How it works
The subsidiarity control mechanism applies in areas where the EU shares competence with member countries.
In cases where national parliaments consider that draft legislative acts do not comply with subsidiarity, they can send a reasoned opinion to the Commission within eight weeks.
The Commission must take account of the reasoned opinions it receives.
Effects on the legislative procedure
The effect of the reasoned opinions on the legislative procedure depends on how many national parliaments react and how many votes they represent. Each of the 28 national parliaments is allocated two votes. If there are two chambers, each has one vote.
When reasoned opinions represent at least one third of all the votes allocated to the national parliaments, the Commission must review its proposal. This threshold is lower for draft legislative acts related to justice, freedom and security - one quarter. In both cases the Commission can decide whether to maintain, change or withdraw its proposal. The Commission must give reasons for its decision. This is known as the 'yellow card' procedure.
When reasoned opinions represent a majority of the votes and the draft act falls under the ordinary legislative procedure, the Commission must review its proposal and decide whether to maintain, change or withdraw it. If the Commission decides to maintain its proposal, it must justify its decision to the EU Parliament and Council as to why the proposal complies with the principle of subsidiarity. This is known as the 'orange card' procedure.
If a simple majority of members of the EU Parliament, or 55% of Council members, find that the proposal breaches the principle of subsidiarity, the proposal will not be given further consideration.
Procedures triggered so far
To date, the 'yellow card' procedure has been triggered three times and the 'orange card' procedure has never been used.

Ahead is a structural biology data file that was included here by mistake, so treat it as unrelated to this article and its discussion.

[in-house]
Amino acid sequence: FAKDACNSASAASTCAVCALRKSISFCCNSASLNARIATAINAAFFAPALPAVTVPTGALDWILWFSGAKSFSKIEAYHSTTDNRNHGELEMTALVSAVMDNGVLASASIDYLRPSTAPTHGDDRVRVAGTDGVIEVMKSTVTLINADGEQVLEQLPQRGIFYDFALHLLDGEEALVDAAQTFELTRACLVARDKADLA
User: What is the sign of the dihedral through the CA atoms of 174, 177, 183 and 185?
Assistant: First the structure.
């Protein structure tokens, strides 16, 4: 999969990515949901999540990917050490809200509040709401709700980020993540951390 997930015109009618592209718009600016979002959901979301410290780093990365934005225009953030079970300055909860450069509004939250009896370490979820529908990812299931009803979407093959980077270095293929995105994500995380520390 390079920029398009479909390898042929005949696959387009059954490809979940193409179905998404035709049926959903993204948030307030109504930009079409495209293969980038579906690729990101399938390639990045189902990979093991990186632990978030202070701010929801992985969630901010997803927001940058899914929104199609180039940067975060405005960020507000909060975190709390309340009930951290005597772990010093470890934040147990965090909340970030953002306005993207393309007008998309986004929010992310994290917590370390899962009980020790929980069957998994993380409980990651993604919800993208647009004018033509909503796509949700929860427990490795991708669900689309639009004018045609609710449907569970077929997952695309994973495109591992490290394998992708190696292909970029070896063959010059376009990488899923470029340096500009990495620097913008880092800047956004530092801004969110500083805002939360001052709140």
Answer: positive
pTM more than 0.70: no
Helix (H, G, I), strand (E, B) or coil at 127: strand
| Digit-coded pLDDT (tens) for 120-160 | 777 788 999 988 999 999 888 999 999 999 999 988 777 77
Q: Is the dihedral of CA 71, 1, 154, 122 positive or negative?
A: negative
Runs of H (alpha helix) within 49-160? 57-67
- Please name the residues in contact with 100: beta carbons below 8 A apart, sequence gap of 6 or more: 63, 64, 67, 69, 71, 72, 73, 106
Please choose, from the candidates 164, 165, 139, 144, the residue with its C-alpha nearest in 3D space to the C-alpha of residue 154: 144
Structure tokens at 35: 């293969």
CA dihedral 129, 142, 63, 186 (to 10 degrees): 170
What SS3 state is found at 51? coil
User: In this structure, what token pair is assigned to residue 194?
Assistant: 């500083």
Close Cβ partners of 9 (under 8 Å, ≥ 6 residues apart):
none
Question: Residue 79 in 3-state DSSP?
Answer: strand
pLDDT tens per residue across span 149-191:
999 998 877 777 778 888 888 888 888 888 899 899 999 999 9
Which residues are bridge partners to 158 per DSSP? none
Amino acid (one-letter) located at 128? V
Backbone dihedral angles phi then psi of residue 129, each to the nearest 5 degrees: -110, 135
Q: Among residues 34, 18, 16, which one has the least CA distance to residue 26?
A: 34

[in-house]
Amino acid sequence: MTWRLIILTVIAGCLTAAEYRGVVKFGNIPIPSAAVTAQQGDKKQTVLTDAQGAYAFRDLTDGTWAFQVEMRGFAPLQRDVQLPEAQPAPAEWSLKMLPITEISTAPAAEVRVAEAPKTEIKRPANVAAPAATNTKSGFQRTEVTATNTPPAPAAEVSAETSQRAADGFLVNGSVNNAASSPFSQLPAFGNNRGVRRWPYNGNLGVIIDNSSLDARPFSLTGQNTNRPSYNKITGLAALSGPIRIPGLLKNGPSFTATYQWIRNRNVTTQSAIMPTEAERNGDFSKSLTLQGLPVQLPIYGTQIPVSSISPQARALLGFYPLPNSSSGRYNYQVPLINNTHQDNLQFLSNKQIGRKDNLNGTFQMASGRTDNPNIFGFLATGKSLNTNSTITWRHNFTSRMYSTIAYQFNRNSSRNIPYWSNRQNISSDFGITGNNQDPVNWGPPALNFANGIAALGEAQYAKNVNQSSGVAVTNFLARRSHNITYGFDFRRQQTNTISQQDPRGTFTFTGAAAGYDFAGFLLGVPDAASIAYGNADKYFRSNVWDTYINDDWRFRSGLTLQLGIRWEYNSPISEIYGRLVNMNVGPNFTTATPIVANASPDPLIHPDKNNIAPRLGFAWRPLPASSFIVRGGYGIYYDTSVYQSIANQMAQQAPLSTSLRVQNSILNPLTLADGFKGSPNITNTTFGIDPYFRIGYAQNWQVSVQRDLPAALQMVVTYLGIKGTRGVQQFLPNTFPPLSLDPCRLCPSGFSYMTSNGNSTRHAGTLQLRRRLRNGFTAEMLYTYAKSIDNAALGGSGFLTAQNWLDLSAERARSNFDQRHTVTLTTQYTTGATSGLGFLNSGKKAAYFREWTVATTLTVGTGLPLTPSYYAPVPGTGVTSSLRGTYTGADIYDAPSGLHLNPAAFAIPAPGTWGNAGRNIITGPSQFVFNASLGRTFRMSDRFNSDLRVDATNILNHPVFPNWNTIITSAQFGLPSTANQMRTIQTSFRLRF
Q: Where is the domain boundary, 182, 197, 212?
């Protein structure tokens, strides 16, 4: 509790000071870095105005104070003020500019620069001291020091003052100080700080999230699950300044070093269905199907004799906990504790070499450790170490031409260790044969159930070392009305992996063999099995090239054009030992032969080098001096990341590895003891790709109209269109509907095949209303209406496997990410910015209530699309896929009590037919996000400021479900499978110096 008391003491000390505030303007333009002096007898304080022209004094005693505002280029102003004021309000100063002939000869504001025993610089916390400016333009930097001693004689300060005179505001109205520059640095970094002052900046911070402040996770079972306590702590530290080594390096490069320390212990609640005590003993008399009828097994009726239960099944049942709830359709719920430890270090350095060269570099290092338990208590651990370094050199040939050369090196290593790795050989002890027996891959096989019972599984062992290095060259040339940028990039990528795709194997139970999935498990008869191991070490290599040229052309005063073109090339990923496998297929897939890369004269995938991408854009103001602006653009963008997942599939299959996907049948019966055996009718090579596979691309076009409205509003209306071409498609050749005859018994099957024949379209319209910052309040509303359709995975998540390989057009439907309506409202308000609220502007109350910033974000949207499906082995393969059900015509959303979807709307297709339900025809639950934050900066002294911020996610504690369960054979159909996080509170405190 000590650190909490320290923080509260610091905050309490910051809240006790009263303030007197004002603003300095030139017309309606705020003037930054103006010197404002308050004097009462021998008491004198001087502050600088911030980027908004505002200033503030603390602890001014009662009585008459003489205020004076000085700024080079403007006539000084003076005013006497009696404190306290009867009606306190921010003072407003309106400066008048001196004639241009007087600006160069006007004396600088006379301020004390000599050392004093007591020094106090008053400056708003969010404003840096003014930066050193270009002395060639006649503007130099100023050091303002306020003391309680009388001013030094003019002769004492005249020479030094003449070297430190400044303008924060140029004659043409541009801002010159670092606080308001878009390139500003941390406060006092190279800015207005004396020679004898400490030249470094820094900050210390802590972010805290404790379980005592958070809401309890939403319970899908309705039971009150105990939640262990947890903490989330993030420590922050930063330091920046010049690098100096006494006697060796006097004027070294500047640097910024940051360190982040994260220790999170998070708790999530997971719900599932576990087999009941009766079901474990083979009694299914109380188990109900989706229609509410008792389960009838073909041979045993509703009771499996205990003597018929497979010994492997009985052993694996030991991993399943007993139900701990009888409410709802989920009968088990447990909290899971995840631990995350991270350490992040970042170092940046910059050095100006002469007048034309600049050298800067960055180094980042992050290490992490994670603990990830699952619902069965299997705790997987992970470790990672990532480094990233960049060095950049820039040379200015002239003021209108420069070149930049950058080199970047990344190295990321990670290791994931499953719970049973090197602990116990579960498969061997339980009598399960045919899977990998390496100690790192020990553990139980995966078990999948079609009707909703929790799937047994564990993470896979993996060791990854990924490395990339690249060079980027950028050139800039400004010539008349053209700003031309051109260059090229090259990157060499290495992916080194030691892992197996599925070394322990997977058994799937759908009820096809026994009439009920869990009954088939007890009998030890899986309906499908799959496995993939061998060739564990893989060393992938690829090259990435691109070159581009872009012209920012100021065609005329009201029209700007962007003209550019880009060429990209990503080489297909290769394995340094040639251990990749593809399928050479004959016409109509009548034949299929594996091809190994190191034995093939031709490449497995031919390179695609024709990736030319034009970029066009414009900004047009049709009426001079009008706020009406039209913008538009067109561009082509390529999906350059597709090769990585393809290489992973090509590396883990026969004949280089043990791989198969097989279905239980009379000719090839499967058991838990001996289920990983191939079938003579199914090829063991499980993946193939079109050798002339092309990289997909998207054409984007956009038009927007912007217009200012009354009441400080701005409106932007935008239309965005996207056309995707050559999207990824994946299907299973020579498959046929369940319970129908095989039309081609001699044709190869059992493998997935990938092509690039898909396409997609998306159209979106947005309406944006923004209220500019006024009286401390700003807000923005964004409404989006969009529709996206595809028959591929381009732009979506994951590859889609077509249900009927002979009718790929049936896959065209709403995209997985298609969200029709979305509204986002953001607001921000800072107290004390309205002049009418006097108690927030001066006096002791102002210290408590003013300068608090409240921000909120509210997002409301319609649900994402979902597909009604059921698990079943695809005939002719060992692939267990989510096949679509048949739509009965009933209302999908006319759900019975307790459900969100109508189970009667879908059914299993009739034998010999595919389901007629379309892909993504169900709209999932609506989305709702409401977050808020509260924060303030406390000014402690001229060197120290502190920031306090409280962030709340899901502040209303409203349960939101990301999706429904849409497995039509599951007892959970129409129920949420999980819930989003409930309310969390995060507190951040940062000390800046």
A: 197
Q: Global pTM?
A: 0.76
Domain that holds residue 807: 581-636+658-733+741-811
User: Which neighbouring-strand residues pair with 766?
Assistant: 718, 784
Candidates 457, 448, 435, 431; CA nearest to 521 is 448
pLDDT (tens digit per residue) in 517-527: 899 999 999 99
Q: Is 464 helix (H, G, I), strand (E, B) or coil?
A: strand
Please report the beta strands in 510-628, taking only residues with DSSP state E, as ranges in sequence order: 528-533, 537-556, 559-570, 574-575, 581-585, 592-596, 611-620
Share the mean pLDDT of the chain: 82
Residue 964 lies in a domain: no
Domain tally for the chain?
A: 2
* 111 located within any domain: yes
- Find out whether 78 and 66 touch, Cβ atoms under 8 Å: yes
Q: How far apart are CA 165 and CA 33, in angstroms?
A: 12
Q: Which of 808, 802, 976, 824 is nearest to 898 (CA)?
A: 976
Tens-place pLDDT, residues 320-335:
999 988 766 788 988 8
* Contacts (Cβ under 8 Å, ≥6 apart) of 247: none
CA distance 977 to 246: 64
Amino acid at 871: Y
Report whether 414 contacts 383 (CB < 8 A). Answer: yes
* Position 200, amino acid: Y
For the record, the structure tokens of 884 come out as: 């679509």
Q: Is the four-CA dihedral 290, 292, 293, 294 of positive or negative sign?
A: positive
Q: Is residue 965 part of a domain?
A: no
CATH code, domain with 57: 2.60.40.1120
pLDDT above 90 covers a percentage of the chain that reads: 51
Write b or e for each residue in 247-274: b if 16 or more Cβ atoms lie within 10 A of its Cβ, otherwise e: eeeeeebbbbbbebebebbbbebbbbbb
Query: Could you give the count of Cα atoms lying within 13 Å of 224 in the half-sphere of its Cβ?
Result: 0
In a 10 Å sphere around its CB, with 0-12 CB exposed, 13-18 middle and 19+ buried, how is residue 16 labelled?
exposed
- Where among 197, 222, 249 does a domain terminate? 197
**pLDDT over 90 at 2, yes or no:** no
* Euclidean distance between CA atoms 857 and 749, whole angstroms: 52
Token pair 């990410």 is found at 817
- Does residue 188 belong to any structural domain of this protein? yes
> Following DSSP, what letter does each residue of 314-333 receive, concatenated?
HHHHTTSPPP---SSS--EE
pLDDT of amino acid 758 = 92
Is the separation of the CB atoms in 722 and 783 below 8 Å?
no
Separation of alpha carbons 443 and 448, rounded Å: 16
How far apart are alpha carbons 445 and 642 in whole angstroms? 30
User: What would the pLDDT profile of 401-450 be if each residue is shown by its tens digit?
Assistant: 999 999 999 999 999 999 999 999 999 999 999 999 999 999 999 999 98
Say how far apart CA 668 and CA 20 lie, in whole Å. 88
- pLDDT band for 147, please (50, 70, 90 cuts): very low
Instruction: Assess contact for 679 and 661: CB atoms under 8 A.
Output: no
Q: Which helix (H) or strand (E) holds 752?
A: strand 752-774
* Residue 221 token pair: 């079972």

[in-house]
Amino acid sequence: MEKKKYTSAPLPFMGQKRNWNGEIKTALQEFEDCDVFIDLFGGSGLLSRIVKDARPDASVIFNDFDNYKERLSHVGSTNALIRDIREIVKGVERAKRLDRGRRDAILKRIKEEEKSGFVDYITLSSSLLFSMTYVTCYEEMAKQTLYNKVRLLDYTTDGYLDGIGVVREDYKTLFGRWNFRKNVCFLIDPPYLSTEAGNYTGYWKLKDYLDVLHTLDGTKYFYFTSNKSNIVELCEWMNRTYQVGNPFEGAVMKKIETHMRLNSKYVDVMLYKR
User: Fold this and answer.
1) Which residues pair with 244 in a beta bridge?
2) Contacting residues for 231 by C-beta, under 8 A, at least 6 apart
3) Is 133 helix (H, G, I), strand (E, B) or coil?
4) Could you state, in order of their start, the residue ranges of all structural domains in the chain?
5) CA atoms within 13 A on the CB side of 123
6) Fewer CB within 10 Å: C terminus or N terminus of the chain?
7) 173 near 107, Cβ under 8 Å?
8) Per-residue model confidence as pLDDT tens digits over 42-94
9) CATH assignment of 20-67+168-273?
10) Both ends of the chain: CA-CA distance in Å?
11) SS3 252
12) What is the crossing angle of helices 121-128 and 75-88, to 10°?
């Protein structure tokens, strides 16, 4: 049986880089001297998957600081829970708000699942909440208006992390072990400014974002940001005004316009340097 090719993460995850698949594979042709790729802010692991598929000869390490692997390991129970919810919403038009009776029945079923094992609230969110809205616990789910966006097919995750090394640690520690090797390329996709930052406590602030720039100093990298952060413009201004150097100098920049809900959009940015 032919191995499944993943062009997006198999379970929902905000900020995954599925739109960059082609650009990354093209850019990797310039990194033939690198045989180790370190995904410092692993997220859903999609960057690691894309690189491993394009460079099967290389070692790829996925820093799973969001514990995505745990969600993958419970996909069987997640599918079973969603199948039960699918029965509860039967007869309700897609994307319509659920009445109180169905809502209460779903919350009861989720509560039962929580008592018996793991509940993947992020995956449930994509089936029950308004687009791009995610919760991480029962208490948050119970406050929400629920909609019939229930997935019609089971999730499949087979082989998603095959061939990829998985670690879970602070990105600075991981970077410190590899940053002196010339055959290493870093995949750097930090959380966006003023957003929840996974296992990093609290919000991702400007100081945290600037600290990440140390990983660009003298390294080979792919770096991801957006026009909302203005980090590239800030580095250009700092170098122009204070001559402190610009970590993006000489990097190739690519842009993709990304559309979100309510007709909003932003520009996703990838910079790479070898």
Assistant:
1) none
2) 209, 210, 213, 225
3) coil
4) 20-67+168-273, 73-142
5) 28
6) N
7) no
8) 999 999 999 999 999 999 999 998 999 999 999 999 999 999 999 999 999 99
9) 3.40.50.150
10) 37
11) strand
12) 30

The threshold of at least one third of the votes allocated to the national parliaments was reached for the first time on a proposed regulation on the exercise of the right to take collective action. The Commission reviewed its proposal but did not find it in breach of the principle of subsidiarity.
However, the Commission considered the views expressed and the discussions among the co-legislators, the European Parliament and the Council, and recognised that its proposal was unlikely to gather the necessary political support for its adoption. The Commission therefore decided to withdraw the proposal.
The second 'yellow card' procedure was triggered in 2013 in relation to the Commission's proposal for a regulation establishing the European Public Prosecutor's Office. After careful review of the reasoned opinions, the Commission concluded that the proposal complied with the principle of subsidiarity and decided to maintain the proposal. The Commission gave reasons for its decision in the Communication COM(2013) 851.
The procedure was triggered for the third time in May 2016 after 14 parliamentary chambers in 11 EU countries objected to the Commission's proposal to review the posting of workers directive. After careful analysis of the reasoned opinions, the Commission concluded that the proposal complied with the subsidiarity principle and decided to maintain it. The Commission gave reasons for its decision in the Communication COM(2016) 505.
The Commission reports on the application of the principles of subsidiarity and proportionality every year.